Naturally, we can’t build that kind of experience into cans of cling peaches, but there certainly is a lot of headroom between what’s done now under a cost-per-unit regime and what we could do if we allow packaging to be true, and truly powerful, marketing.


There’s another hurdle to cross. When there’s a divergent thinker on the brand side who believes in this, typically he or she engages one of the brand’s ad agencies — and the effort fails because the agency doesn’t fully understand what goes into a package. They create it as a “pushed” message, like a commercial. But that’s precisely not what Coors did: It started with the physical can itself and built the campaign around how the consumer interacts with it. So if you’re going to shift packaging oversight from purely design to marketing, engage a packaging agency that starts with brand ideas from the shelf out.

I want to make sure I’m not misrepresenting procurement. Procurement does precisely what it’s tasked to do: minimize cost and avoid risk in the complicated package process. But to make packaging more powerful, you have to allow human emotion into it, and that involves risk taking. So a candid brand might admit that it’s beneficial to change the package more frequently or build in unconventional messaging and experiences that attract and please shoppers/consumers — and this might involve taking money from, say, traditional radio. But if a brand believes in the power of the shelf and its ability to send a brand home, it makes this commitment at the highest levels of brand management.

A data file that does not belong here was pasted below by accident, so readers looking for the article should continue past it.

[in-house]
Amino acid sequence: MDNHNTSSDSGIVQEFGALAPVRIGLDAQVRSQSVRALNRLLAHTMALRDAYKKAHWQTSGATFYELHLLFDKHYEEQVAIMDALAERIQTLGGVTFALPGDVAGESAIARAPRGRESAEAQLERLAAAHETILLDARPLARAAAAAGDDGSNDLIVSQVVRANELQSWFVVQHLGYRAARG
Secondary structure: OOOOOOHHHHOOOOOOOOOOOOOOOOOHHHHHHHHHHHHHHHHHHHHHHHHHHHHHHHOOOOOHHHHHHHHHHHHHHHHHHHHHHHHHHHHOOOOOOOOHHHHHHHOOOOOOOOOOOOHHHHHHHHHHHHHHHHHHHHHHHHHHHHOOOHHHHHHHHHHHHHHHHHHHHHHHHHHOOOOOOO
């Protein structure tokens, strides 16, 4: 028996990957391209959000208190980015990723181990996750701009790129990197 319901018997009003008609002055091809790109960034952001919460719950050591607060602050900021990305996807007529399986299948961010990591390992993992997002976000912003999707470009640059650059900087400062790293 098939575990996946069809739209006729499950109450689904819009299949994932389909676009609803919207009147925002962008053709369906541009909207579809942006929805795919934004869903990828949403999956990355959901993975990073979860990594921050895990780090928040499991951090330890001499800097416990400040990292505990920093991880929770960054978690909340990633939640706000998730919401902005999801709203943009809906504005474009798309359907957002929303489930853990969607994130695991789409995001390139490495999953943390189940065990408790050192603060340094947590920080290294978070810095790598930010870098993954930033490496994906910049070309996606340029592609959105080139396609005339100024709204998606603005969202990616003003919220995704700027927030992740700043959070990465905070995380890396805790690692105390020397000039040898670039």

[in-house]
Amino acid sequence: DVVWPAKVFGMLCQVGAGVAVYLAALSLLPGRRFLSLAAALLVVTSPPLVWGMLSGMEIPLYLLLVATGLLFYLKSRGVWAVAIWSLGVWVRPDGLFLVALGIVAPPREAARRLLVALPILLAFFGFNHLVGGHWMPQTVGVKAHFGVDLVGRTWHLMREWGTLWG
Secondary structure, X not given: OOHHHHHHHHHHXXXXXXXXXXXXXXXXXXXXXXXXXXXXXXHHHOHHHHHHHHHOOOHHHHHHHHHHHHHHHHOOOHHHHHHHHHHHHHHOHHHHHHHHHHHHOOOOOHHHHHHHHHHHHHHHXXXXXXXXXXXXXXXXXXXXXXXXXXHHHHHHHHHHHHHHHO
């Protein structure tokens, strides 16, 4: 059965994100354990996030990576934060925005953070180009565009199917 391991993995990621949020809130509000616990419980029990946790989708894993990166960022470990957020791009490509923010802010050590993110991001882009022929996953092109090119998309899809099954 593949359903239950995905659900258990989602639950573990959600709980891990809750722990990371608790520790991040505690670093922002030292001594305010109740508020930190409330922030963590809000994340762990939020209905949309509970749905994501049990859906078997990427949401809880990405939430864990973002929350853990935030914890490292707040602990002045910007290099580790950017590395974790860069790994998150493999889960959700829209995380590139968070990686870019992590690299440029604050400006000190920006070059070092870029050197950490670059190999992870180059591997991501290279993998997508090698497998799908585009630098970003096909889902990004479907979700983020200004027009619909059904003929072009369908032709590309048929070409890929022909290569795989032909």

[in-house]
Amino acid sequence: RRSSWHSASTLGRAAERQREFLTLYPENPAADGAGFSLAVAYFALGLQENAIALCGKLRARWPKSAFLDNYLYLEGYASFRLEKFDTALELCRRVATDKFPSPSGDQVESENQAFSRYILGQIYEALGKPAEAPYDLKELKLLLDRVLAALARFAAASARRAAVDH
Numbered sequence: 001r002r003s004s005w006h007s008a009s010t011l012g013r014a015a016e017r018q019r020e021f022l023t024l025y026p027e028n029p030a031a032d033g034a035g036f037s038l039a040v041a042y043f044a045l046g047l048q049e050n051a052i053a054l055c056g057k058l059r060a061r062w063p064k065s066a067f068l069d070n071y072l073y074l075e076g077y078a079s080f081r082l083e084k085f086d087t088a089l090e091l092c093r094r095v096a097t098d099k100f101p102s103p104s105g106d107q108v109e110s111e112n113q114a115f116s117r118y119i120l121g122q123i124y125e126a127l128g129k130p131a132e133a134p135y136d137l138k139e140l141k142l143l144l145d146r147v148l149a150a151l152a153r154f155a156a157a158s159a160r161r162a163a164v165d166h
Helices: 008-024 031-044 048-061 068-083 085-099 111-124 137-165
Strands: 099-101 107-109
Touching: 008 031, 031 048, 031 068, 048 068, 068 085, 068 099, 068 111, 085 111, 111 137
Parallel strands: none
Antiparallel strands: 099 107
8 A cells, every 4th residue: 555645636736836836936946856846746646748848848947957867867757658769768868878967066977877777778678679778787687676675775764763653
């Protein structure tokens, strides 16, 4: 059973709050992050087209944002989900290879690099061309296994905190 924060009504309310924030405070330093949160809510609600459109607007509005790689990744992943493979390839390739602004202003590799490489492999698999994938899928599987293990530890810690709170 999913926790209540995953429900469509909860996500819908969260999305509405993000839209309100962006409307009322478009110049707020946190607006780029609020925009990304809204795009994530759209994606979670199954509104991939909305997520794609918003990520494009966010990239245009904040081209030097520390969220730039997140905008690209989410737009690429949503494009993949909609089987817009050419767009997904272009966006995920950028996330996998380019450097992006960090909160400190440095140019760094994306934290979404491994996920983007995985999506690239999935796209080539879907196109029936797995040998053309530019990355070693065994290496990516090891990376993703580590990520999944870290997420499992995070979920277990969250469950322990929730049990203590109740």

If we talk about how physical packaging can become more interactive and consumer-influenced, let’s also talk about what online shelves can draw from the physical package. Typography and copy are two overlooked assets. Great typography sells brands through conscious and unconscious cues, and today’s brands need to work harder to put compelling, on-brand typography online, especially on the third-party retail sites they depend on. Third-party sites now understand this, too, by the way. 

And copy is no different. Functionally, Groupon’s value proposition has always been simple and clear, but what makes nabbing a bargain with hundreds or thousands of other people so much fun is the wacky, inspired copy that we all read — in a kind of social moment — before hitting “BUY!” Groupon wouldn’t be Groupon without the inspired long-form copy we all share.

 What I’m encouraging is for marketers to think of “packaging” as extending across all manifestations of a brand — the actual assets, the types of experiences, and the gratification they create. This requires planning, changes in oversight, integration of teams, and, potentially, higher costs up front. But in the end, how much do you want to sell?